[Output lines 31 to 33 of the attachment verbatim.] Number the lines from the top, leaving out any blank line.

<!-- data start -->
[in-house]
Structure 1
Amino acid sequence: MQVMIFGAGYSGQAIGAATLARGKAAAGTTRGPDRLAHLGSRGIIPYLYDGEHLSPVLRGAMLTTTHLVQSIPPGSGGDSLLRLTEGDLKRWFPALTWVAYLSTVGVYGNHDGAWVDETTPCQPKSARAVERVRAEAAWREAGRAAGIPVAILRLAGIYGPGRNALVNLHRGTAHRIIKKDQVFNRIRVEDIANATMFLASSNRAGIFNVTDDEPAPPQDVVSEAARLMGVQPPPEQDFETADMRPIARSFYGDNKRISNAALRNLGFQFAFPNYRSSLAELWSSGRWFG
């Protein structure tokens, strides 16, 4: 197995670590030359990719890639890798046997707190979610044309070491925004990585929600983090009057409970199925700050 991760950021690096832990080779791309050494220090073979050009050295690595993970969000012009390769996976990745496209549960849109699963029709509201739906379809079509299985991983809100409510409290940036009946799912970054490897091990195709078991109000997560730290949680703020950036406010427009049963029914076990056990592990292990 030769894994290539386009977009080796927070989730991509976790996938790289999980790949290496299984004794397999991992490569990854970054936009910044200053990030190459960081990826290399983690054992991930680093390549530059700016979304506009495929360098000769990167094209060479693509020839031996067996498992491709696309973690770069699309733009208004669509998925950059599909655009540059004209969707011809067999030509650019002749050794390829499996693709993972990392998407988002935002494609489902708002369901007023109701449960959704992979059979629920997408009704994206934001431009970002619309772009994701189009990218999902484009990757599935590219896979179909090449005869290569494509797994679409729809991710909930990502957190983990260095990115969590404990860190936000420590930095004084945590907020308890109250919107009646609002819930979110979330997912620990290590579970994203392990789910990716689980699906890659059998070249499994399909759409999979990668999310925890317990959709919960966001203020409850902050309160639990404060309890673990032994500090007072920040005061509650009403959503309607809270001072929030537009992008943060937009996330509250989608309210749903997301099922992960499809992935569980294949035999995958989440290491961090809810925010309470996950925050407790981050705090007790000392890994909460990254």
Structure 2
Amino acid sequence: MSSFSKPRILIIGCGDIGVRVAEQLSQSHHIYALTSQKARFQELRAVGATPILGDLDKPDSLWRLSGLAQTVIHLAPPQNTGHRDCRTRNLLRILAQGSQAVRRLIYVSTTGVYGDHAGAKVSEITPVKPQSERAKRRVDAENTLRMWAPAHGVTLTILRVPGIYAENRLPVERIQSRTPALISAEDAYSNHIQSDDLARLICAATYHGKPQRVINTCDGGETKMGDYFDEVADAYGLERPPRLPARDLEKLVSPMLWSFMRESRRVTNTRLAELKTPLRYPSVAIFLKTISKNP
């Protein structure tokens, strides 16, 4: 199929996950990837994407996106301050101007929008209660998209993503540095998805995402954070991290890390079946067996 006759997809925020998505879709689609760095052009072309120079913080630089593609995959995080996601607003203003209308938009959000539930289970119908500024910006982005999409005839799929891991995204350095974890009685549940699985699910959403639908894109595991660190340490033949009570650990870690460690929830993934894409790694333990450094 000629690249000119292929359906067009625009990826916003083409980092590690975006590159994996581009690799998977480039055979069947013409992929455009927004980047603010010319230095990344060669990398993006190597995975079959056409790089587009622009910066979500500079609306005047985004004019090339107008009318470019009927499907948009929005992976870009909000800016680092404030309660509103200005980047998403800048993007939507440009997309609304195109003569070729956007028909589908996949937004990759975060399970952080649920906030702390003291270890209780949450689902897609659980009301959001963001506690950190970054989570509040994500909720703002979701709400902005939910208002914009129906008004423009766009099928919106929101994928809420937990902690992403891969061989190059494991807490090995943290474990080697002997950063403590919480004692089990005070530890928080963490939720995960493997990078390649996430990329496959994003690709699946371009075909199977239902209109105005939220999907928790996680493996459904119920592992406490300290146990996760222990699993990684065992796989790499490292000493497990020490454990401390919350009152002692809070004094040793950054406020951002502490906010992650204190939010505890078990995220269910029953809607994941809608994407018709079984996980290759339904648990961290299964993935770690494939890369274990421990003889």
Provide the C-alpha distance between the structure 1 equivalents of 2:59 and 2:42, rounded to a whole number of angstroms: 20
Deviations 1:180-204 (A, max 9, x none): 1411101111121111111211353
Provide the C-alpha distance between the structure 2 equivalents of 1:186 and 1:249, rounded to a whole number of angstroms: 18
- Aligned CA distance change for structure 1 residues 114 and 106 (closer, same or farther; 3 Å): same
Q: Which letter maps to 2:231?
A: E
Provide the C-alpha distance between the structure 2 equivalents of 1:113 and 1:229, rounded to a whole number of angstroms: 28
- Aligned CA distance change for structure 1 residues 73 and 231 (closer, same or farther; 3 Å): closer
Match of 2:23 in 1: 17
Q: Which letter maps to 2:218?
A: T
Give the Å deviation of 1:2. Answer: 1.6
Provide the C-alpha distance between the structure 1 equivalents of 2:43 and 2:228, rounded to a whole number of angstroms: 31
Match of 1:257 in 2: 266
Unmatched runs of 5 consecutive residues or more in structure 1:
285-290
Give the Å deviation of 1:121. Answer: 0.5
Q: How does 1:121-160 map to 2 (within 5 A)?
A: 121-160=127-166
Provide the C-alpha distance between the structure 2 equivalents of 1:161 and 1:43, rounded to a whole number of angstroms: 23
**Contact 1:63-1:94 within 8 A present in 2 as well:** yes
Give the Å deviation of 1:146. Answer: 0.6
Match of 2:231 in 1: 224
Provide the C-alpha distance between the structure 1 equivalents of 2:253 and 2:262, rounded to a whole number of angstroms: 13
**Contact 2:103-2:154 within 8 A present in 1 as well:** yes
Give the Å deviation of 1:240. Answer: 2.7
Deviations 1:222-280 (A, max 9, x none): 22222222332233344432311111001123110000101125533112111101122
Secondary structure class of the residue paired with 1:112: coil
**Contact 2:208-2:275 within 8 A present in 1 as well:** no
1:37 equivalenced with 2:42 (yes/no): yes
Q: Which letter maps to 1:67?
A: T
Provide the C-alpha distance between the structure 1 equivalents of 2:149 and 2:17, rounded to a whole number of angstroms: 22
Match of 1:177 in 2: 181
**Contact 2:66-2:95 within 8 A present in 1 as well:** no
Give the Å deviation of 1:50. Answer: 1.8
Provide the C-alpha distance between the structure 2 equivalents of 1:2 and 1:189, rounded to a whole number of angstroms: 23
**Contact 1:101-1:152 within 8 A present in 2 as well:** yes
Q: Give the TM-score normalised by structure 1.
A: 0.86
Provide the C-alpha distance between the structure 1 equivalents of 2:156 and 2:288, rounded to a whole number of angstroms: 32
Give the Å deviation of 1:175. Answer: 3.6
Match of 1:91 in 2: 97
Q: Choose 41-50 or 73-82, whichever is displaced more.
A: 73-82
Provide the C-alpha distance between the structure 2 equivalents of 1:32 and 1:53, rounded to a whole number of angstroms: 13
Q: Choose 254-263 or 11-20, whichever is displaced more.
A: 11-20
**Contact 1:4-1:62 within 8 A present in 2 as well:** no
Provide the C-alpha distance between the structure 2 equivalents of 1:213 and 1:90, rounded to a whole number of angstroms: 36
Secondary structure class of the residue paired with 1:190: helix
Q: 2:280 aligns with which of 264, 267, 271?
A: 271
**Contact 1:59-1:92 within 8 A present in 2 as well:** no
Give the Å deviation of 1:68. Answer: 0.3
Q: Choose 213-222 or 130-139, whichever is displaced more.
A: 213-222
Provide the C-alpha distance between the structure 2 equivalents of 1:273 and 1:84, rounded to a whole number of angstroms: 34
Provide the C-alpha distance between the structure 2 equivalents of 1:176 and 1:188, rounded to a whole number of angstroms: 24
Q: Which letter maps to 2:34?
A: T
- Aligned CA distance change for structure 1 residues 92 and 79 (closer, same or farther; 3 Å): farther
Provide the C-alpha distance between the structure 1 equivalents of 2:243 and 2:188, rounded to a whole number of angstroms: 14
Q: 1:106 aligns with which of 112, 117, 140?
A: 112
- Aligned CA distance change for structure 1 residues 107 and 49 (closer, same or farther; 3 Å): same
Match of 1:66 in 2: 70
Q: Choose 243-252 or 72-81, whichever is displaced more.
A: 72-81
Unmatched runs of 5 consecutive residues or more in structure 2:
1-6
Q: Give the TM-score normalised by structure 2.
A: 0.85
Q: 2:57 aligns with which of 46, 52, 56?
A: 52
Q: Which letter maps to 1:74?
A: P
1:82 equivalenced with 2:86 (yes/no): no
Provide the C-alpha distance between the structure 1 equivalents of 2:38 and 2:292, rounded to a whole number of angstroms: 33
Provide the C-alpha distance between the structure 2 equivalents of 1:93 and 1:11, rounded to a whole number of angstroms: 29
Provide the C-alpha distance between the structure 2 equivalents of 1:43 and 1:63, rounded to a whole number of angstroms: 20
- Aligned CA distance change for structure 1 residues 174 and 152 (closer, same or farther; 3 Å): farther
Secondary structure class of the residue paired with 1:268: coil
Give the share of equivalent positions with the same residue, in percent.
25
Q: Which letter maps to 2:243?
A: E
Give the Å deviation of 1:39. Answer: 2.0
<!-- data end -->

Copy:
Provide the C-alpha distance between the structure 1 equivalents of 2:253 and 2:262, rounded to a whole number of angstroms: 13
**Contact 2:103-2:154 within 8 A present in 1 as well:** yes
Give the Å deviation of 1:240. Answer: 2.7